Robert Paul Turner, 87, died Feb. 13 at Swedish Medical Center in Denver. No formal services are planned. Burial of cremains will be held at a later date at Donald J. Ruhl Memorial Cemetery.
Bob was born June 28, 1927, in Greybull, the youngest of four children born to Jay E. and Fern Cole Turner. He graduated from Greybull High School in 1945 and was proud to have been the editor of the school newspaper, “The Paintbrush,” for the 1944-45 school year.
When he turned 18 years old at the end of June, he was drafted into the United States Army and ordered to report to Ft. Logan, Colo., in early August. When Bob and the other draftees disembarked at Ft. Logan, a sergeant bellowed at them as he lined the fledgling soldiers up properly, then told them he had some news: an atomic bomb had been dropped on Japan earlier that day. Eight days later the Japanese surrendered and World War II was at an end. Thanks to the sacrifices by his fellow servicemen, after basic training Bob received a “plum” assignment when he was sent to the U.S. Military Academy at West Point, N.Y. to work in the motor pool. All his life he recalled with pleasure a trip along the beautiful Hudson River.
After his discharge from the Army, Bob enrolled at the University of Wyoming where he graduated with a degree in journalism in 1952. He then found employment as a staff writer at a newspaper in Saratoga, and later worked at KOVC Radio in Casper as a continuity writer and announcer from late 1952 until 1960.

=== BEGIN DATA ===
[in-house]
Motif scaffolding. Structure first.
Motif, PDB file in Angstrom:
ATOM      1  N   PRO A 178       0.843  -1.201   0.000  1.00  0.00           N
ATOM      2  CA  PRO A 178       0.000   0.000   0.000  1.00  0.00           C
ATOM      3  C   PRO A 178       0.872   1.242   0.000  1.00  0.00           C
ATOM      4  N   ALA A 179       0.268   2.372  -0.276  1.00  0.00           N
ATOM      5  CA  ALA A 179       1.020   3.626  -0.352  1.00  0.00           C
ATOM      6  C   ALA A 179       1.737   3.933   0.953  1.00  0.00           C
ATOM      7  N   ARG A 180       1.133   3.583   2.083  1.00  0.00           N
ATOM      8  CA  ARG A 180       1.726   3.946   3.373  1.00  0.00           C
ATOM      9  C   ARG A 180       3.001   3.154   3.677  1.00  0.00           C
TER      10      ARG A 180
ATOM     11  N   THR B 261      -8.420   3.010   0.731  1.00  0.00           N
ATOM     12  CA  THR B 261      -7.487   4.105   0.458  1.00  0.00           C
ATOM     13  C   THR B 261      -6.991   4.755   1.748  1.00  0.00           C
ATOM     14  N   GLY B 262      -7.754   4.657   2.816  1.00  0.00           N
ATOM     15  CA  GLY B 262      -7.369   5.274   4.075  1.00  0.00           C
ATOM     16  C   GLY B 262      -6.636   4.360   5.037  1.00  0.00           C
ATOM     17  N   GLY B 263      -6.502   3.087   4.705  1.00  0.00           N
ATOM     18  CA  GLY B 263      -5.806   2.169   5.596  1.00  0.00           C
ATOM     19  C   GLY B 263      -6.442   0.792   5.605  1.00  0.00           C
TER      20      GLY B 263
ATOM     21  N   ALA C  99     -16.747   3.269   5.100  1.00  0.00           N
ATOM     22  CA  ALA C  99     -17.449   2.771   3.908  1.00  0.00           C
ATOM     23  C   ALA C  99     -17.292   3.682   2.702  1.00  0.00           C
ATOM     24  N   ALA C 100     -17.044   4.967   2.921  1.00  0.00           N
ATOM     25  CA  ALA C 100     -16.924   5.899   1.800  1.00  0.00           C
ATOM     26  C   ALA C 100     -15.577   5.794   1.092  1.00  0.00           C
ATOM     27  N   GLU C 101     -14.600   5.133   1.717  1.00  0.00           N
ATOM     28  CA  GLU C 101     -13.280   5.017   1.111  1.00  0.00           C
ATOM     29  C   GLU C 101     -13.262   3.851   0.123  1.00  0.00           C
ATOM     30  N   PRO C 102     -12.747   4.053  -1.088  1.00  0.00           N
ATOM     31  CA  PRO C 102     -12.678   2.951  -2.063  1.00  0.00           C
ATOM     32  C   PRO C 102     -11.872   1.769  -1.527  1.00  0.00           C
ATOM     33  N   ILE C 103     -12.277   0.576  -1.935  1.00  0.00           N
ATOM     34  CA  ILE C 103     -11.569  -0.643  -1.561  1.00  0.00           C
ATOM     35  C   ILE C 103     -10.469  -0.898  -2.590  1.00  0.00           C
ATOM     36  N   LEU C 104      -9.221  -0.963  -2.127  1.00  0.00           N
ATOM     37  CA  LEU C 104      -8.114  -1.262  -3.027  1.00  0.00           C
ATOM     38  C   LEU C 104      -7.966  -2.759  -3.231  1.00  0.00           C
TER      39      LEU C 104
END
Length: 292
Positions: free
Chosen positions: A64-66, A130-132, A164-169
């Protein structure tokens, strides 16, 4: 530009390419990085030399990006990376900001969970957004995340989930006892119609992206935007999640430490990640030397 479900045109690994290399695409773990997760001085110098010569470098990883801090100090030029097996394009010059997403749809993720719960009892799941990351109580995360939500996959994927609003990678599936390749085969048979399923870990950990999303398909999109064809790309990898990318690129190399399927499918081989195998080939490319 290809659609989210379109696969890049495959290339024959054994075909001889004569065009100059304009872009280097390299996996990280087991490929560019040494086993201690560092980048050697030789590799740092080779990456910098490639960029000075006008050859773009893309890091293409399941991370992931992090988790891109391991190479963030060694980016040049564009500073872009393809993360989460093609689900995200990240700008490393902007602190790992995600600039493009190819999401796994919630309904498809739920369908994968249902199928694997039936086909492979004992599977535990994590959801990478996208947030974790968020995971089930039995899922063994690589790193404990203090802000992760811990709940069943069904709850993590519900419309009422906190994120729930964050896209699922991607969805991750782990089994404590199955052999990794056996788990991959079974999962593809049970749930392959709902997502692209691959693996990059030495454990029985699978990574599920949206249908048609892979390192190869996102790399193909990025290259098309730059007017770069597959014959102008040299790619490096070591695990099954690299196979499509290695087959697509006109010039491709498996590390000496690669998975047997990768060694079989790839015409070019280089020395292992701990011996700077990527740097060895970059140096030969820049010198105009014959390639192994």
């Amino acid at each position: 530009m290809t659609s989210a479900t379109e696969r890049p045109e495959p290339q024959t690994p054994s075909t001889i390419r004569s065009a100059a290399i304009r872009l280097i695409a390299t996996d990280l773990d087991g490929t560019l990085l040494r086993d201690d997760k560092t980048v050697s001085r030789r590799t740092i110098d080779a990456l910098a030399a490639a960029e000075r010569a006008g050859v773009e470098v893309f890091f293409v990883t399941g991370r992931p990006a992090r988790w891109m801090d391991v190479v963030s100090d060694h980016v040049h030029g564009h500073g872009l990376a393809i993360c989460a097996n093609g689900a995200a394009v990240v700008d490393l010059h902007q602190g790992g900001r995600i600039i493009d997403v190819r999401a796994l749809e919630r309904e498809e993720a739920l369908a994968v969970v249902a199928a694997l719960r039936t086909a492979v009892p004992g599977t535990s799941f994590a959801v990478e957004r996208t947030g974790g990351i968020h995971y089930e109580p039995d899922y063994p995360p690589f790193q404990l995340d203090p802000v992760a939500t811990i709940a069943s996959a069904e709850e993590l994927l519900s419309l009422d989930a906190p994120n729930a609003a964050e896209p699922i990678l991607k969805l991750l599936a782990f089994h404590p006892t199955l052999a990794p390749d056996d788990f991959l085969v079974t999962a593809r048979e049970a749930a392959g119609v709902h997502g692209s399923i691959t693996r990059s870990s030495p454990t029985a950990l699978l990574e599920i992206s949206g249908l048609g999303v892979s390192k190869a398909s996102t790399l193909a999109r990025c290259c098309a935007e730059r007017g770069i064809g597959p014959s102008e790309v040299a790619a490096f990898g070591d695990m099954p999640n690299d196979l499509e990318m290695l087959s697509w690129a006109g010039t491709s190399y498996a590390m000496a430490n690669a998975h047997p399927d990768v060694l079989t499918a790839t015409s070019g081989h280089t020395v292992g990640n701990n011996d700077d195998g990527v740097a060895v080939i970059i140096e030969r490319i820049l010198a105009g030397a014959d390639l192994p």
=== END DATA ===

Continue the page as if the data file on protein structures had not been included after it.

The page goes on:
Bob always remembered sharing his desk one morning with national newscaster Paul Harvey. While Mr. Harvey wrote his national newscast, Bob wrote up the local newscast. Then after Harvey broadcast his daily noon news report to millions of listeners, he turned the microphone over to Bob. Bob would chuckle and say, “I’d like to think that that day, instead of hundreds, I had several thousand listeners.”
He moved to Denver in 1960. After working briefly for a Denver radio station, he spent the remainder of his working career as a writer for financial companies, including Hamilton Funds and Financial Programs.
Bob loved writing limericks, as well as more serious poetry. He could always be relied upon to write appropriate lines for birthdays, anniversaries and retirements of friends and co-workers. He loved words in general and took many a newspaper and magazine editor to task for improper usage of the English language — a battle he waged tirelessly all his life. One of his most daunting tasks was when he proofread ”Glimpses of Greybull’s Past.” He was a voracious reader.
Bob was a devoted member of Divine Science Church in Denver.
When he retired from Financial Programs, which later became Invesco Financial Services, he wrote the following for the company newsletter, which he had edited for 12 years:
“I intend to start the new year as a WOOF, if only of minor proportions. What is a WOOF, you ask? Well, I am sure you are acquainted with the category known as YUPPIES. There are also DINKS (double-income, no kids); SWELLS (single women who earn lots and lots)…and then there’s the group to which I aspire – WOOF (well-off old fogy).”
Because he was generous to a fault, Bob Turner never accumulated much wealth, but he left a legacy of kindness that will be fondly remembered by those lucky enough to have known him. He also left a legacy of thoughtful, well-written letters, which he wrote weekly to his family and friends for many years. He will be missed.
He was a loving brother to his siblings, all of whom preceded him in death: Melba Turner Davis, Jay Olin Turner and Warren “Cub” Turner.
He is survived by two nieces, Pat Nixon of Tulsa, Okla., and Susan Summerfield of Chester, Pa., and three nephews, David Turner of Golden, Colo., Philip Davis of Oceano, Calif., and Tom Davis of Emblem.